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Bushfire-struck Aussies score rare tax reprieve

Lucy Dean
·3-min read
Pictured: Australian bushfires, Australian cash. Images: Getty
Australians affected by bushfires and floods will receive a rare tax reprieve. Images: Getty

Australians affected by bushfires and floods have been told not to stress about having pristine tax records this year, with the tax office acknowledging many may have lost documents in the natural disasters.

Australian Tax Office (ATO) assistant commissioner Karen Foat said people who have lost documents or files in floods or fires will be able to access help.

“We understand people may be concerned that they will miss out at tax time if they can’t produce evidence to support their claims,” she said.

“The easiest place to view some of your tax records is through the ATO’s online services, which can be accessed via myGov.”

There, taxpayers can find income tax returns, statements, previous notices of assessment and activity statements. Additionally, Australians who lodge through a tax agent will also have access to these documents through their agents.

Foat said information from government agencies, health funds, financial institutions and businesses is automatically included in electronically-lodged returns, and that this should save Australians from having to contact those organisations individually.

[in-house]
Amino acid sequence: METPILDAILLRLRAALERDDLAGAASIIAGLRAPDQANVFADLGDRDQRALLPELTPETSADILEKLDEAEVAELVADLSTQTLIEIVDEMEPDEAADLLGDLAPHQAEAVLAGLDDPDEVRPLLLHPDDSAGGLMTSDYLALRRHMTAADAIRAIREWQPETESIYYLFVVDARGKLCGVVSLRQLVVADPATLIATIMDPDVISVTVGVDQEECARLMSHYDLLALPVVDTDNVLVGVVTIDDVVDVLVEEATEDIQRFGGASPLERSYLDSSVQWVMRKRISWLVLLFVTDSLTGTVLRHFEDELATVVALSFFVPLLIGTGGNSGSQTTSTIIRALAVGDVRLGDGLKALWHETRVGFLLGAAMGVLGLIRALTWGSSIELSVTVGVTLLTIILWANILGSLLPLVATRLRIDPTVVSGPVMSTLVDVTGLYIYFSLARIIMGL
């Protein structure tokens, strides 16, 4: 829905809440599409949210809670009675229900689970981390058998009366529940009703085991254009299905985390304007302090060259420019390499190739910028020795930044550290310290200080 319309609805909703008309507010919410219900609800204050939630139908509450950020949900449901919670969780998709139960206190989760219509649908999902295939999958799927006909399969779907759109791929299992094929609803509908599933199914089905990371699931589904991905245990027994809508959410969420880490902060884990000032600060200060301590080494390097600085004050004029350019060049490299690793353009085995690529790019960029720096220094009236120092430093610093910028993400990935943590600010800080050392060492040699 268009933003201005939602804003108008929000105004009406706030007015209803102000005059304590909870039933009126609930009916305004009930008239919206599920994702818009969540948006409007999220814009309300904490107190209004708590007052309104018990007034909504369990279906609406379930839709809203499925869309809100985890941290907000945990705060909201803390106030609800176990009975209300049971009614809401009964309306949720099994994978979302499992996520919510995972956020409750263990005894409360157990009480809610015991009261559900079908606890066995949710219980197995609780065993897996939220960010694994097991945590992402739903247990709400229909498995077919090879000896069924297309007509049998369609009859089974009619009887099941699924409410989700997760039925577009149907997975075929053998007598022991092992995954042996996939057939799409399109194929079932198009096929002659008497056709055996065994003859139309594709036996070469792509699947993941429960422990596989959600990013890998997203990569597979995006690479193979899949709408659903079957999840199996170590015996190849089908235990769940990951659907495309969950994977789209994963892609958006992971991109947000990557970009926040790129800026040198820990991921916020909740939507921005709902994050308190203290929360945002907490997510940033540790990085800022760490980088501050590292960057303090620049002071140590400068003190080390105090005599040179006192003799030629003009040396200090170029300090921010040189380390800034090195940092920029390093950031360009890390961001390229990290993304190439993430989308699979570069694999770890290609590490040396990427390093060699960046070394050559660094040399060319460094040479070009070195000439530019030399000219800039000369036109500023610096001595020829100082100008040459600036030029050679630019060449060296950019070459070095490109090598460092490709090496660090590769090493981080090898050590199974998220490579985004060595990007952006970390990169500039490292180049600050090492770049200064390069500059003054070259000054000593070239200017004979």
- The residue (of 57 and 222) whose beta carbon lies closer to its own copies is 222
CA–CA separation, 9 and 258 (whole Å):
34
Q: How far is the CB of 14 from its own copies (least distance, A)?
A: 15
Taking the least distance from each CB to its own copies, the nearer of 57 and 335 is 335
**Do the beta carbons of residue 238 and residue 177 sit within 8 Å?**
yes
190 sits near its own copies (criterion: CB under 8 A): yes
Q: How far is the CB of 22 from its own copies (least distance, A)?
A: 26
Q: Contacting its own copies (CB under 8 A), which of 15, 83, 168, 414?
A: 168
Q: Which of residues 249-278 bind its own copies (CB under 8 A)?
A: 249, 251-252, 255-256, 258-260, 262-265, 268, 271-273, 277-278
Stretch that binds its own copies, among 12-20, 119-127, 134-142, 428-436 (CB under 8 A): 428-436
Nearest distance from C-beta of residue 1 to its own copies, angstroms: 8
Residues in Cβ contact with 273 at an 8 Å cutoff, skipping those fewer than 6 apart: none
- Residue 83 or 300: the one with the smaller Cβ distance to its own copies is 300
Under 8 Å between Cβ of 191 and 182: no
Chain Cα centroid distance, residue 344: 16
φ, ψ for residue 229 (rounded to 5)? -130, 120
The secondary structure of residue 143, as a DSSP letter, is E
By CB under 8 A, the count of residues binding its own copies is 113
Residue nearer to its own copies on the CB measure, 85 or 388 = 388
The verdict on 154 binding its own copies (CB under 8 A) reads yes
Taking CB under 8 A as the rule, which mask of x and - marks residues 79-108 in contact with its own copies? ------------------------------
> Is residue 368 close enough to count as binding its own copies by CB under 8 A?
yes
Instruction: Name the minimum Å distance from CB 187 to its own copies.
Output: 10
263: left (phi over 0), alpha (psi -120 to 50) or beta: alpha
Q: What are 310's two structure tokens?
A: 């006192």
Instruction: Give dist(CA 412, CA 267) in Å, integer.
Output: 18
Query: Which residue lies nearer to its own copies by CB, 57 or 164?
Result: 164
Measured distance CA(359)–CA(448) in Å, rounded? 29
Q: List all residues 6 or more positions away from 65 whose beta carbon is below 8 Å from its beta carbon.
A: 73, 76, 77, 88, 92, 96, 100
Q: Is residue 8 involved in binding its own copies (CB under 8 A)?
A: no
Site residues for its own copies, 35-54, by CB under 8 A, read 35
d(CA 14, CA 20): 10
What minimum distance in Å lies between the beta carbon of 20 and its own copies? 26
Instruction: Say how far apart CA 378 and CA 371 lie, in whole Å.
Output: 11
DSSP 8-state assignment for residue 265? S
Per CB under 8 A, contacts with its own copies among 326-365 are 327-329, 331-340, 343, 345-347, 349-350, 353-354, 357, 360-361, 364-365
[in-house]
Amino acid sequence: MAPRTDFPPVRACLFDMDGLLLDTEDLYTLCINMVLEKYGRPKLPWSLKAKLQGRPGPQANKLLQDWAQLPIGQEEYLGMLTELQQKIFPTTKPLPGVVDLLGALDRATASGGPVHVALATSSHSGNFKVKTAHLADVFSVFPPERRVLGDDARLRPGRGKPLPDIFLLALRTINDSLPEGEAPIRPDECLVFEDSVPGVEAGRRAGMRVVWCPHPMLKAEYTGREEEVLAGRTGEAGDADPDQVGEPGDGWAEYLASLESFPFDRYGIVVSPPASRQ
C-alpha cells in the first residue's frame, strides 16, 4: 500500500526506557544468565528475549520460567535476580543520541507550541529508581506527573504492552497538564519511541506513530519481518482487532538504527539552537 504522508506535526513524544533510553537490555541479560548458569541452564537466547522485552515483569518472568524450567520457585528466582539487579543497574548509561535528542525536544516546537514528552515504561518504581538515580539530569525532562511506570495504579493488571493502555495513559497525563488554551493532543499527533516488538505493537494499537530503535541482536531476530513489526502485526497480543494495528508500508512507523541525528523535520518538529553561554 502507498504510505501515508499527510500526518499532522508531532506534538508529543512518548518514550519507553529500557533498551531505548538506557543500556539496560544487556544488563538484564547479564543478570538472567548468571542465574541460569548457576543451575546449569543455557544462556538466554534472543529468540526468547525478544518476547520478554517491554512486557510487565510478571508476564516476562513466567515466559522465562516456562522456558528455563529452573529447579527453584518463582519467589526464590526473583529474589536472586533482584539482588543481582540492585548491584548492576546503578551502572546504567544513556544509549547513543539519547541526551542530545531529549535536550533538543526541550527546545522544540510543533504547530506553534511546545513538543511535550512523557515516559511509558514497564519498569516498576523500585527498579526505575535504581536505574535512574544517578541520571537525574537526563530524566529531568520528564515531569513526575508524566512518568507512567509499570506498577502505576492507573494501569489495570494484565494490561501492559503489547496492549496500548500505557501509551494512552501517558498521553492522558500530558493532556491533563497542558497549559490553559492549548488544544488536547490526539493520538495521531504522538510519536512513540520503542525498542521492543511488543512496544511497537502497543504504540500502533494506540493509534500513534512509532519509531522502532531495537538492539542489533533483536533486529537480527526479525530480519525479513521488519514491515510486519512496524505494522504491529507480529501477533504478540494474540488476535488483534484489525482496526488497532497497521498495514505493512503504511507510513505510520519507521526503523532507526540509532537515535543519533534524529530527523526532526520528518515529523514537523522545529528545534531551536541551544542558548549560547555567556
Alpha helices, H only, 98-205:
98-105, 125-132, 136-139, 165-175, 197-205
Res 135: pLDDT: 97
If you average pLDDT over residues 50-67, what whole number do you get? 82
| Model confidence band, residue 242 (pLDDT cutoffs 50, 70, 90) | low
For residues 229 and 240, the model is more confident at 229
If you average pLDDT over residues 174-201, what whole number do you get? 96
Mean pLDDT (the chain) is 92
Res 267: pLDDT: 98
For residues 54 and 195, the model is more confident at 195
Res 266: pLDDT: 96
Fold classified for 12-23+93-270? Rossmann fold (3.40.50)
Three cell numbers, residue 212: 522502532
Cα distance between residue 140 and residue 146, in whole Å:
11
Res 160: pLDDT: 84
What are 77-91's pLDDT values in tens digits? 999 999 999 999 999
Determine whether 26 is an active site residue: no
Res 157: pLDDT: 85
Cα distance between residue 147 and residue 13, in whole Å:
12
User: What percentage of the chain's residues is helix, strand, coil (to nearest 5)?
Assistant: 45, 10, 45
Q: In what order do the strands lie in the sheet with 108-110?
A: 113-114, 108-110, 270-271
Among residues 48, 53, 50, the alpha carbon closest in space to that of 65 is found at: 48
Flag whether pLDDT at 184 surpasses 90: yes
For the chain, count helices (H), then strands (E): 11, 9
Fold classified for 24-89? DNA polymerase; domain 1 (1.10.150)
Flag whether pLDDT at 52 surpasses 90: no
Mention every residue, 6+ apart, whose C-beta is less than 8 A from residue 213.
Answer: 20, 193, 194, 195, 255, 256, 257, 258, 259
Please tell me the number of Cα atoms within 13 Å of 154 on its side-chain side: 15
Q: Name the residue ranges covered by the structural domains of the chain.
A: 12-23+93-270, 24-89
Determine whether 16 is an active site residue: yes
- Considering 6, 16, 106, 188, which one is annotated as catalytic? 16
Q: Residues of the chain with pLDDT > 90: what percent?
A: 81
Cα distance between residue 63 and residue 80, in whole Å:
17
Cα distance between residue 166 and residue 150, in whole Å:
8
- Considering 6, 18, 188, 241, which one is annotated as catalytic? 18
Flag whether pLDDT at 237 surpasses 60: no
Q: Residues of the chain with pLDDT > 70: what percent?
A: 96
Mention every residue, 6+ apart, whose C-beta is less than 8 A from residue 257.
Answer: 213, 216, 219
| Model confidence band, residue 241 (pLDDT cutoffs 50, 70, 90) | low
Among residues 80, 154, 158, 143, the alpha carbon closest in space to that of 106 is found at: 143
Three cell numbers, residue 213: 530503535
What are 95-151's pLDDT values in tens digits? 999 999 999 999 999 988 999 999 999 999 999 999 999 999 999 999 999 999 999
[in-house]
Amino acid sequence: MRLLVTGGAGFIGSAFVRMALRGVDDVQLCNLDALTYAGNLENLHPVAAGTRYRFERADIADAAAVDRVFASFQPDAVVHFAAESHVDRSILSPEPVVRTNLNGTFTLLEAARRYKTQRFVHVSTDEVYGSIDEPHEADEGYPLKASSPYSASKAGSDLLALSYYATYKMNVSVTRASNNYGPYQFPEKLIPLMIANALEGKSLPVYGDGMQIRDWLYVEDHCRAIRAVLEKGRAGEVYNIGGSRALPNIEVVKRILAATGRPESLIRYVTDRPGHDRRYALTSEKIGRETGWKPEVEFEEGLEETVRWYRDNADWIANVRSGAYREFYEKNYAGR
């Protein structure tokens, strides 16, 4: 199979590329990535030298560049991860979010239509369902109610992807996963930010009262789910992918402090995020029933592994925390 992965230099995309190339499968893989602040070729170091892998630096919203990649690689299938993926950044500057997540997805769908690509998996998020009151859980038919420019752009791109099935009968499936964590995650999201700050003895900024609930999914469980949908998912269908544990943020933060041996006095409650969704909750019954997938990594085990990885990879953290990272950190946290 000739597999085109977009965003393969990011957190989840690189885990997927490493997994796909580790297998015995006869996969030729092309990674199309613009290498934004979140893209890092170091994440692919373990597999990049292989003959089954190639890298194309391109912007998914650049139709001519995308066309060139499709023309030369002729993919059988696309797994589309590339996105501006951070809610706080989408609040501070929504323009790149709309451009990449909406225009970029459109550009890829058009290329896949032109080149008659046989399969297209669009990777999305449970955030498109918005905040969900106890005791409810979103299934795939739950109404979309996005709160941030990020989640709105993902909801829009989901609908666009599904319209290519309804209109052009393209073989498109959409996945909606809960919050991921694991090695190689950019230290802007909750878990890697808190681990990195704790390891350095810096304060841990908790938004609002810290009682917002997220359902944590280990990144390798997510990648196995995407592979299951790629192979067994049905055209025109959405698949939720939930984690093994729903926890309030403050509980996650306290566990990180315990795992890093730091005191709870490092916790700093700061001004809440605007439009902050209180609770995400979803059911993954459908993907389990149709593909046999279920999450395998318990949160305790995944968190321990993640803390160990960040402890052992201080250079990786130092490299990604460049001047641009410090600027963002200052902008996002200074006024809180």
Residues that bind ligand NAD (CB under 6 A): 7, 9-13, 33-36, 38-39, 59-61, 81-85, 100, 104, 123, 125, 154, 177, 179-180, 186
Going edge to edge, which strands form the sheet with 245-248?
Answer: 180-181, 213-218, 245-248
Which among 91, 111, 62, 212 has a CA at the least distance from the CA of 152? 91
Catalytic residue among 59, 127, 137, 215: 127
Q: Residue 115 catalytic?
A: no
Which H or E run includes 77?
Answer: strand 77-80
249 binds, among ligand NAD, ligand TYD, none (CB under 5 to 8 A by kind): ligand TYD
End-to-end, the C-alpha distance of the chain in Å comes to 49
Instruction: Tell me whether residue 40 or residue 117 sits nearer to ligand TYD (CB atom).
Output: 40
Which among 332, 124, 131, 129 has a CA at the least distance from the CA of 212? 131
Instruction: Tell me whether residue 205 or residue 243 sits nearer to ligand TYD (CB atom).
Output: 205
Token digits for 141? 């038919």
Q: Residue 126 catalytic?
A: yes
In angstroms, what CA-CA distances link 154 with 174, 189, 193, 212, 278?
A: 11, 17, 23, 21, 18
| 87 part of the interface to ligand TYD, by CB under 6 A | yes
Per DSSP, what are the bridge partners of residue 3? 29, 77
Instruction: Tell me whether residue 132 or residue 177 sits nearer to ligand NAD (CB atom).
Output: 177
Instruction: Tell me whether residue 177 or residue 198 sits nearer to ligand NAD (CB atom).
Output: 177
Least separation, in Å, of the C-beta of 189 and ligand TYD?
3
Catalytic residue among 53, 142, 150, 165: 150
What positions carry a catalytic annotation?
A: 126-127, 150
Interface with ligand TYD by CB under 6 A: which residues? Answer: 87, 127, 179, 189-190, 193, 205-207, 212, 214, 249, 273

That information is usually pre filled by the end of July.

Break from rule that makes up 50% of rejected claims

“About half of all rejected claims are knocked back because the taxpayer can’t provide evidence of what they bought or how it related to earning their income. But if your records have been lost or destroyed in a natural disaster, we don’t want you to worry,” Foat added.

“In these circumstances, bank records or credit card statements along with other documents that outline the nature of the goods or services provided can also be used to substantiate your claim.”

Foat said the best way to keep records is to just take a picture of a receipt and then save it in the ATO app’s myDeductions tool.

Then, come tax time, that information can just be uploaded to a tax return or sent to an agent.

“But if you don’t have photos of your documentation, consider what other documentation you may have to support your claim, like bank statements,” Foat said.

“If you are unable to substantiate your claims because the records have been destroyed, we may be able to accept the claim if it’s not possible to obtain the original and if it’s not possible to use alternative documents to support your claim. It is important to note this is not our general approach, but it can apply if your documents were destroyed in a natural disaster.”

If you live in a bushfire impacted area, the ATO will also defer some lodgments and payments.

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